Hunter Davies

The triumph of failure

The triumph of failure
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Underdogs: The Unlikely Story of Football’s First FA Cup Heroes

Keith Dewhurst

Yellow Press, pp. 308, £

In l958, my hero in life, the person I most wanted to be, was Keith Dewhurst. I had arrived on the Manchester Evening Chronicle straight from Durham as a graduate trainee reporter, which was a laugh, as they did no training. Keith was the paper’s Manchester United reporter, knew all the players, went to all the games, and he wore a white raincoat with the collar turned up. Rapture.

I don’t think I exchanged more than a few words with him, just ogled his raincoat from afar. Have never met him since. If I were to, I am sure he would deny he ever wore a white raincoat. It was all part of my fantasy.

Now, after a long and distinguished career as a playwright and TV dramatist, he has returned to football with a book about a long gone team you have never heard of, unless you are awfully well up on football history, like what I is.

It is the story of a football team from the Lancashire town of Darwen, who in the third round of the FA Cup of 1879, playing their first ever game in London, astounded the football world by beating a posho team from the Home Counties called Remnants, going on to play Old Etonians in the next round.

They managed two draws with the OEs, then got stuffed 6-2. A failure, in one sense, but a triumph in another. The OEs had refused to go North, so all three games were in London, a distance for the Darwen team of 1,230 miles, for which benefit concerts were held to raise money. How had these factory-worker types, who could not afford proper strips and wore different shirts and cut down trousers, who were three inches shorter and a stone lighter than their privileged opponents, been able to compete?

One reason was Darwen’s two excellent, nippy Scots — Fergus Suter and Jimmy Love. Scotsmen? How had they got there? Ah ha, tongues wagged. Given soft jobs in the town, wink wink, helped with their expenses, nudge nudge, using their delicate passing skills, perfected in Scotland, to confound the Old Etonian lumps, who, like most English footballers, were all kick and run, rushing up the field together.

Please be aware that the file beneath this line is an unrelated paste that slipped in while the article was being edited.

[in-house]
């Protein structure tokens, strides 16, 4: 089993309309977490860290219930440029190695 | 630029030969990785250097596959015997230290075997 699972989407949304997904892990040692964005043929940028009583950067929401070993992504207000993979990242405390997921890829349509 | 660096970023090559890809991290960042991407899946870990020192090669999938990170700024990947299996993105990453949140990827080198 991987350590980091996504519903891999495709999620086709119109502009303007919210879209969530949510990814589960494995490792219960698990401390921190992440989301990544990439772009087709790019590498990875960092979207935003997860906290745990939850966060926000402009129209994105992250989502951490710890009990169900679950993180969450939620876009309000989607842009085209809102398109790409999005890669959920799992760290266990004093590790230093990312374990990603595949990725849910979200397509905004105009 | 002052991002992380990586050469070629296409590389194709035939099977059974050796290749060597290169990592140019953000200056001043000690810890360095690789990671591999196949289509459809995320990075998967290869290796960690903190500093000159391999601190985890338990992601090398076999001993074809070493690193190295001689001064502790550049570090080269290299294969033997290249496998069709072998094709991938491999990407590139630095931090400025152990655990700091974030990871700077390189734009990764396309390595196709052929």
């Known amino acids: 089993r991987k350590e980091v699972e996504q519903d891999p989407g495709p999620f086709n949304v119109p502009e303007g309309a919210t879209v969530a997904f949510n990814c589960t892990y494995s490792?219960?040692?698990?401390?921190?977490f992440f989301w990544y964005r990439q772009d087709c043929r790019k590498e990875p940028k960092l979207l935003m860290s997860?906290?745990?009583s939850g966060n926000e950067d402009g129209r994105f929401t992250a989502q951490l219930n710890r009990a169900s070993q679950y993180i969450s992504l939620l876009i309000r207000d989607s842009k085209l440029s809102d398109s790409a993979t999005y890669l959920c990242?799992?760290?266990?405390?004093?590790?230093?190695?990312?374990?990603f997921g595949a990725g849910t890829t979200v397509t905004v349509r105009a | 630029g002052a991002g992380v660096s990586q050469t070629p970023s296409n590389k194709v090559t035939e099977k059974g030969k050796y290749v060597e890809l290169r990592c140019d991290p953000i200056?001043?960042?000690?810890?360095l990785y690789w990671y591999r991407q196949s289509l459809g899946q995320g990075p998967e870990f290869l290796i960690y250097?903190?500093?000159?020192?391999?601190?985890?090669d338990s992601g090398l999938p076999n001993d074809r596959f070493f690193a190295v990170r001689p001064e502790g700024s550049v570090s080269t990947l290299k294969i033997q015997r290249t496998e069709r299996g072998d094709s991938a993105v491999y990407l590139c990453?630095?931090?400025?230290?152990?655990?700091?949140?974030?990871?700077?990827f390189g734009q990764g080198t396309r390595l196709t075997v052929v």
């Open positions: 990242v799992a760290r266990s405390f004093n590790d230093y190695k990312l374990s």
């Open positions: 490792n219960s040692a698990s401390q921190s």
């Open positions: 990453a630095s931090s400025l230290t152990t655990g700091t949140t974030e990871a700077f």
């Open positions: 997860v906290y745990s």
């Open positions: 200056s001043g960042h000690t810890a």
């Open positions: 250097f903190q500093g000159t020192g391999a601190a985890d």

It is now agreed, by most footer historians, that Suter and Love were football’s first professionals — which had been outlawed by the FA. It would ruin football as we know it, so the purists moaned, money would take over, plus bribery and corruption, players becoming mercenaries — all of which of course turned out to be spot on. Professionalism did come in not long after, in l885, when the FA bowed to the inevitable. The story of Darwen, therefore, has these fascinating historial elements — the beginning of professionalism, a change in the style of playing, the end of southern amateur Oxbridge chaps dominating football.

Keith, or I better call him Mr Dewhurst, as I did back in l958, has done an excellent research job in recreating the times and the tensions. He gets a little carried away by the social, economic and political history in Lancashire, some of it rather slapped down, making it hard to digest.The social history of football in the leading public schools is more interesting, and more relevant.

We all know, we clever clogs, the origin of the word soccer. It was a slang diminution of ‘association’, as in association football, as opposed to rugger, which comes from rugby football. I have always accepted, and have often written, that the first person to use the term was an Oxford undergraduate in the l880s called Charles Wreford-Brown, later a star of the Corinthians. Asked what he was going to do one afternoon, he said play soccer not rugger.

According to Keith, I mean Mr Dewhurst, the term had been used much earlier at Harrow. He does not say exactly when, but seems to suggest the 1840s. I bow to his superior knowledge. As I always used to ...